|Bronze Bow Fibula, The Braganza Brooch 250BC - 200BC, Viking Penannular brooch|
Romano British Dragonesque Brooch, Gold plated Disc Brooch 4c BC , Viking Penannular brooches - Penrith Hoard
In England in the 1850s fine hair brooches were produced with ornate weaving and subject matter and often worn by widows of the Crimean war.
So why do brooches seem to be out of favour these days or am I just imaging it..? I have a fair few of them myself most of which I have inherited including these two sterling silver favourites...
To see if this was just me I asked around the AJE group and opinion was somewhat split and whilst a few love them, many of my team mates said they never wore brooches. Jenny offered up this lovely selection from her own collection which she describes below...
Jenny also made these brooches as part of her senior year college thesis and you can clearly see the influence of the ancient styles here. One traditional penannular (open circle) and one more modern interpretation created through lost wax casting and fabrication and set with Moonstones and Garnets.
Caroline is definitely a big fan and has this collection of brooches that she inherited from her Grandmother.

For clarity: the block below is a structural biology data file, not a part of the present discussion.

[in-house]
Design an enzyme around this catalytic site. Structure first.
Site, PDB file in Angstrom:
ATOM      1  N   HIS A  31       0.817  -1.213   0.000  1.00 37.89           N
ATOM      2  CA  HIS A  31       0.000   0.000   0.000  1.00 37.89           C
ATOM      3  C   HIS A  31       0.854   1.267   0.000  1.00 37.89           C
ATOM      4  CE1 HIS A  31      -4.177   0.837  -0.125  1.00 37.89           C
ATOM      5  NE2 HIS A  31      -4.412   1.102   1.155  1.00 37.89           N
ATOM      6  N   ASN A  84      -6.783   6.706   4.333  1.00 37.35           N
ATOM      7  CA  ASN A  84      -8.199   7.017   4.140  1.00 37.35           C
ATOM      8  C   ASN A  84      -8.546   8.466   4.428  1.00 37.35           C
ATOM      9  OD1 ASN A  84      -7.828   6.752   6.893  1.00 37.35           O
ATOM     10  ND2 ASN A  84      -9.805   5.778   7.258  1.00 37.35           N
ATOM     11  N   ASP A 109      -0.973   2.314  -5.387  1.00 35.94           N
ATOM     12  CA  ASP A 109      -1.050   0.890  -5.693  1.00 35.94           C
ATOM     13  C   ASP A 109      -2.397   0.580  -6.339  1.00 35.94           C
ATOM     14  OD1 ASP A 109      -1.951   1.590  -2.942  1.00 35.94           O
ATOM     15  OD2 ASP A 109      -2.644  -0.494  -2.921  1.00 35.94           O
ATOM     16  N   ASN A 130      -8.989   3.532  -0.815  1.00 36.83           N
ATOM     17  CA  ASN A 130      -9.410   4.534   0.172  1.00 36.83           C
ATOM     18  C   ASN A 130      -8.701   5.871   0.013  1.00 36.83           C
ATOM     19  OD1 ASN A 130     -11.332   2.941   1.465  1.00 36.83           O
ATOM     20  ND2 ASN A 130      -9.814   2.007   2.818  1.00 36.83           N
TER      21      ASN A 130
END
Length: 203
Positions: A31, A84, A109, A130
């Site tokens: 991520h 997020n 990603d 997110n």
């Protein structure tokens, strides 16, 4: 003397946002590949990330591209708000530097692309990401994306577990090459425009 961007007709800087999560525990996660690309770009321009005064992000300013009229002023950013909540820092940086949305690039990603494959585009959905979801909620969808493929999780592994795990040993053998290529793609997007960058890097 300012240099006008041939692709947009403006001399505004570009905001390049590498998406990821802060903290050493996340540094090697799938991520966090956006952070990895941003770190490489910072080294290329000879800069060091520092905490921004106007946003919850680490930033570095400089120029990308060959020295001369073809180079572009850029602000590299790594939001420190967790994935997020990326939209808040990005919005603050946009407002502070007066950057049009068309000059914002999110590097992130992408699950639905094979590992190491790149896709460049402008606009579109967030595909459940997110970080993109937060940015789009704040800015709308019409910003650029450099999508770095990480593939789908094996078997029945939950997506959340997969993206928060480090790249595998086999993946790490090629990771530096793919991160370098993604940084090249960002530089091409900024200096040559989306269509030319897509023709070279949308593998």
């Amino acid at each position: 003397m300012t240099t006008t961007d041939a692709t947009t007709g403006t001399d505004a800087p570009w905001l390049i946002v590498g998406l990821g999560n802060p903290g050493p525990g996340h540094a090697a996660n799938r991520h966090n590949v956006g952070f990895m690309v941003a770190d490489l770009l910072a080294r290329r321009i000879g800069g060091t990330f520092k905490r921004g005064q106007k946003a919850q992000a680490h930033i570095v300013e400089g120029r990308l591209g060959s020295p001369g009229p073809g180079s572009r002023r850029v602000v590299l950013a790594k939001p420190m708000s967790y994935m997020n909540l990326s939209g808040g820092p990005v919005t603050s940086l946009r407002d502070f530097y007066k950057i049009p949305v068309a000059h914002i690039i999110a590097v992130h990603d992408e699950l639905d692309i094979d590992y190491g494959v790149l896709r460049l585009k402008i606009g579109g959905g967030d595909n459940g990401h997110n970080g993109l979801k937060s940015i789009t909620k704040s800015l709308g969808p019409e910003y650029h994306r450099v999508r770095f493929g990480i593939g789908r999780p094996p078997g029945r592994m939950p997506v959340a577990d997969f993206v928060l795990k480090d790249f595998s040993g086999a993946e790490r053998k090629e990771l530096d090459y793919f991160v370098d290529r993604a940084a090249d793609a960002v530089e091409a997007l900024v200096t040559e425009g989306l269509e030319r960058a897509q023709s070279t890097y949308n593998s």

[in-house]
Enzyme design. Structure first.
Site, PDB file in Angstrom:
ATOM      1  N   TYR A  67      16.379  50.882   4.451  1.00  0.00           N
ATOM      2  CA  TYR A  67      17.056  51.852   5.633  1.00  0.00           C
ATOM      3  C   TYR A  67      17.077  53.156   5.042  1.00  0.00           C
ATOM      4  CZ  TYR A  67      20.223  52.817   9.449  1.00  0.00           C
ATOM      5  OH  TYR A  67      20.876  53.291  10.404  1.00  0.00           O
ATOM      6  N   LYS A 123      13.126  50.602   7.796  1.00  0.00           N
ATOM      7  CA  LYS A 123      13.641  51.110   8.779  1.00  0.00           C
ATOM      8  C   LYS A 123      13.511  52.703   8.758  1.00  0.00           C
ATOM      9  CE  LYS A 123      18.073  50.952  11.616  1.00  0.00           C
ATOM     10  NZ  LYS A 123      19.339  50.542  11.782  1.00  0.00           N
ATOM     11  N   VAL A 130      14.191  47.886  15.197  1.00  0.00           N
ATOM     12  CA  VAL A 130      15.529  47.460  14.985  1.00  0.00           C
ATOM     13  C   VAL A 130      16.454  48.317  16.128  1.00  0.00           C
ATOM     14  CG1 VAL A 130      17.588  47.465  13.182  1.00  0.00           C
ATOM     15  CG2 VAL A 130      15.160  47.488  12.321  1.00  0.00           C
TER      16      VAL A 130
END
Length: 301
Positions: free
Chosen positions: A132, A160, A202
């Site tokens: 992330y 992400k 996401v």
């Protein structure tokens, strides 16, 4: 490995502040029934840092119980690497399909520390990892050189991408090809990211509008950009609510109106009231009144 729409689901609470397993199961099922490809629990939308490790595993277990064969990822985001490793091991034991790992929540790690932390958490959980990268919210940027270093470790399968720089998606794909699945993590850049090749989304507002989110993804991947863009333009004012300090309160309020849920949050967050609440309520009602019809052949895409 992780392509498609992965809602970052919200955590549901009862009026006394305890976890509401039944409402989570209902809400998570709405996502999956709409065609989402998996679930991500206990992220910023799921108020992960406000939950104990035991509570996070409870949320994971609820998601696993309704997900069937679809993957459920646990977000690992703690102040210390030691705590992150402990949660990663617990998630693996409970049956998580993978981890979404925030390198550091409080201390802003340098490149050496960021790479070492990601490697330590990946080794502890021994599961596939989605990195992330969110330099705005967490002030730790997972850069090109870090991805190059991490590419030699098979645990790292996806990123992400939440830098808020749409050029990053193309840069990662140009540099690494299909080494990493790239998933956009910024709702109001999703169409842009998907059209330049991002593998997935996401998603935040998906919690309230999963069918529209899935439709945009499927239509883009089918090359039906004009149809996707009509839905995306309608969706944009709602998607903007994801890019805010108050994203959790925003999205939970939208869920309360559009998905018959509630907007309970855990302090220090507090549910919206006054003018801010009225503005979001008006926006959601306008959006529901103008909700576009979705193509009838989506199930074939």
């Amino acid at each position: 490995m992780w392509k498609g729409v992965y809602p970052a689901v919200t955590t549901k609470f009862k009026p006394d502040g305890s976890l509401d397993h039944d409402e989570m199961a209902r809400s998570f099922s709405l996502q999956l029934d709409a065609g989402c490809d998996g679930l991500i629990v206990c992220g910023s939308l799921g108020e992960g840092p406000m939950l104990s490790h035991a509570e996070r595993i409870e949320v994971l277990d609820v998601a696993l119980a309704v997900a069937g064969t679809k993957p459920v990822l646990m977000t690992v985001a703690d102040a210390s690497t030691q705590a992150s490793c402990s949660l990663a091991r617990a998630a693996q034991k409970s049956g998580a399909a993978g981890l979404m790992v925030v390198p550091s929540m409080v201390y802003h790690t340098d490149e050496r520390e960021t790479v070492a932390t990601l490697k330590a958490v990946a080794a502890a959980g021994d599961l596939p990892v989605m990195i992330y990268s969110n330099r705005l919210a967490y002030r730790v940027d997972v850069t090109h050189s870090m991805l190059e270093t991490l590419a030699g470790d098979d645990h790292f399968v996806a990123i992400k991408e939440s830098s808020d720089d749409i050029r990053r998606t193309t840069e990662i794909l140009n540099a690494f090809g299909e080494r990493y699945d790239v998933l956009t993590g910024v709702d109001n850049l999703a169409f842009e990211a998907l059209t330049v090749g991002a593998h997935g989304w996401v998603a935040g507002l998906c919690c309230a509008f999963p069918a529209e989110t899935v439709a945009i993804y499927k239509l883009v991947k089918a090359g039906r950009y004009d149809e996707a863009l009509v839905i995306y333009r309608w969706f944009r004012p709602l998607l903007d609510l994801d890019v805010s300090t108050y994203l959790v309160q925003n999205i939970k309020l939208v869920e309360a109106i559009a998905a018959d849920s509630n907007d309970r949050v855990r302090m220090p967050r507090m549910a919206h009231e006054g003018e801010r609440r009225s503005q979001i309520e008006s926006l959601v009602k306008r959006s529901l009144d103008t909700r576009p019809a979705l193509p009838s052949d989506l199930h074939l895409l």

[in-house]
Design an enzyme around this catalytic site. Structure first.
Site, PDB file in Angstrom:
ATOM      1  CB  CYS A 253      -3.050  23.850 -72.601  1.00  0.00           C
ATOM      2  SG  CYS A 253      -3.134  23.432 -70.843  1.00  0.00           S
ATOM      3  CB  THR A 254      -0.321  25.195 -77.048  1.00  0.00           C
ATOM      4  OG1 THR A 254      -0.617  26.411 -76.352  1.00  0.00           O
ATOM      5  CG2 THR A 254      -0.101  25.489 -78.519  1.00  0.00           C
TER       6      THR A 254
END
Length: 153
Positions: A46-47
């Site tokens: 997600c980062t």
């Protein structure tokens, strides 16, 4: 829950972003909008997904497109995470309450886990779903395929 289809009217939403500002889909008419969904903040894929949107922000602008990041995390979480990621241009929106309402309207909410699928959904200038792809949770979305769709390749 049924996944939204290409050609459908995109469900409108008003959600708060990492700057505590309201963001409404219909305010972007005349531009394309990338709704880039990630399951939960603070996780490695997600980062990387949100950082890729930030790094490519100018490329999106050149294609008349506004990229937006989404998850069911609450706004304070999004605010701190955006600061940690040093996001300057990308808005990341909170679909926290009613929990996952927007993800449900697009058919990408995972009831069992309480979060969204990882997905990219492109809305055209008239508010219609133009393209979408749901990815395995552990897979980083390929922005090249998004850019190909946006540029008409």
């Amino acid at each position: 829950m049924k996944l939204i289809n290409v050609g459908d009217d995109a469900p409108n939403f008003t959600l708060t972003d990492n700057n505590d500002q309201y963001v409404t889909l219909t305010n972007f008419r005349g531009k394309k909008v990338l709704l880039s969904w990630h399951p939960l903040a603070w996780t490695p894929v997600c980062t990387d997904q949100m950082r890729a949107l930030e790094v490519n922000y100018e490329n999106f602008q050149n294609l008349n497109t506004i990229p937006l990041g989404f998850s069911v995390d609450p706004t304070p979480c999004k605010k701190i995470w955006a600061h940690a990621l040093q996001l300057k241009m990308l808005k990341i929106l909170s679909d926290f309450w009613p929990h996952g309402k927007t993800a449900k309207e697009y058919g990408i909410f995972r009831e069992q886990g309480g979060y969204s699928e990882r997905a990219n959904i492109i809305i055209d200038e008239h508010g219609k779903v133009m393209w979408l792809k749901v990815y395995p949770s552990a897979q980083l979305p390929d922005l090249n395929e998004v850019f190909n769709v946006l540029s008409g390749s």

As I mentioned I've been making a few brooches of late and this has come about through my new passion for bead embroidery. I often start this work without really having an idea of what it's going to become and sometimes get to a point where I think adding loops or bails is going to spoil the design. I like the simplicity of these pieces when they stand alone and adding a brooch pin creates a little work of art with nothing to distract from it.
This little fellow was not actually planned as a brooch but when I made a larger version of this felted acorn Diana asked if I could scale it down and I did. He's now on his way to the USA to grace her winter coat.